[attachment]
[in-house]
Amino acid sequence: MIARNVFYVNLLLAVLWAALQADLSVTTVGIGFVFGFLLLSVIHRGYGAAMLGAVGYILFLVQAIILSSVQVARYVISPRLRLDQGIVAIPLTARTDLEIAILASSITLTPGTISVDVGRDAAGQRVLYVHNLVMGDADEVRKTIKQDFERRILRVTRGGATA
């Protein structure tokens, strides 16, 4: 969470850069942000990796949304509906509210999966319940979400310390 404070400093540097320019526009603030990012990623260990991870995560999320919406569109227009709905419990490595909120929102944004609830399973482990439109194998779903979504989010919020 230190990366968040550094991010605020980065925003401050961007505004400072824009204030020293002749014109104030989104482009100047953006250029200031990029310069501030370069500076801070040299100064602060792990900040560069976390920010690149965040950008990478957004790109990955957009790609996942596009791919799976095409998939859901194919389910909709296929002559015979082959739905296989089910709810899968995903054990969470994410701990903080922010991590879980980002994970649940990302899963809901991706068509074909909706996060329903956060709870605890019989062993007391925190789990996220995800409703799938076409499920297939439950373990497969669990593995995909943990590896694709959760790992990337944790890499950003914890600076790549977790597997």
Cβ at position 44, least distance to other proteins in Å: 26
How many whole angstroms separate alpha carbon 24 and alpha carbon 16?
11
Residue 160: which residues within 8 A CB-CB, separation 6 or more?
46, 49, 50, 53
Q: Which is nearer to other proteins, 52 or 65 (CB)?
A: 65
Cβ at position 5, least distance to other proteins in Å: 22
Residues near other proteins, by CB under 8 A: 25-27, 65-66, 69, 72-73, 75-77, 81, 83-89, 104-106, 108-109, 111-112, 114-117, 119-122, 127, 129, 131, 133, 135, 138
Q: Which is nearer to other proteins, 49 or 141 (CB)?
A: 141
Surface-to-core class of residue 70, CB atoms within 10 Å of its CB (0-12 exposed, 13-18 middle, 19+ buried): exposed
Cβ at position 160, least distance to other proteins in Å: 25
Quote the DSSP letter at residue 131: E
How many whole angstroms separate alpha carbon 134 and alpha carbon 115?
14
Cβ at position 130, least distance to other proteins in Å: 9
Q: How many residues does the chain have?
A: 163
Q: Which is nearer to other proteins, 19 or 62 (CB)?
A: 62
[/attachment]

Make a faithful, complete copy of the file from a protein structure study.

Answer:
[in-house]
Amino acid sequence: MIARNVFYVNLLLAVLWAALQADLSVTTVGIGFVFGFLLLSVIHRGYGAAMLGAVGYILFLVQAIILSSVQVARYVISPRLRLDQGIVAIPLTARTDLEIAILASSITLTPGTISVDVGRDAAGQRVLYVHNLVMGDADEVRKTIKQDFERRILRVTRGGATA
């Protein structure tokens, strides 16, 4: 969470850069942000990796949304509906509210999966319940979400310390 404070400093540097320019526009603030990012990623260990991870995560999320919406569109227009709905419990490595909120929102944004609830399973482990439109194998779903979504989010919020 230190990366968040550094991010605020980065925003401050961007505004400072824009204030020293002749014109104030989104482009100047953006250029200031990029310069501030370069500076801070040299100064602060792990900040560069976390920010690149965040950008990478957004790109990955957009790609996942596009791919799976095409998939859901194919389910909709296929002559015979082959739905296989089910709810899968995903054990969470994410701990903080922010991590879980980002994970649940990302899963809901991706068509074909909706996060329903956060709870605890019989062993007391925190789990996220995800409703799938076409499920297939439950373990497969669990593995995909943990590896694709959760790992990337944790890499950003914890600076790549977790597997």
Cβ at position 44, least distance to other proteins in Å: 26
How many whole angstroms separate alpha carbon 24 and alpha carbon 16?
11
Residue 160: which residues within 8 A CB-CB, separation 6 or more?
46, 49, 50, 53
Q: Which is nearer to other proteins, 52 or 65 (CB)?
A: 65
Cβ at position 5, least distance to other proteins in Å: 22
Residues near other proteins, by CB under 8 A: 25-27, 65-66, 69, 72-73, 75-77, 81, 83-89, 104-106, 108-109, 111-112, 114-117, 119-122, 127, 129, 131, 133, 135, 138
Q: Which is nearer to other proteins, 49 or 141 (CB)?
A: 141
Surface-to-core class of residue 70, CB atoms within 10 Å of its CB (0-12 exposed, 13-18 middle, 19+ buried): exposed
Cβ at position 160, least distance to other proteins in Å: 25
Quote the DSSP letter at residue 131: E
How many whole angstroms separate alpha carbon 134 and alpha carbon 115?
14
Cβ at position 130, least distance to other proteins in Å: 9
Q: How many residues does the chain have?
A: 163
Q: Which is nearer to other proteins, 19 or 62 (CB)?
A: 62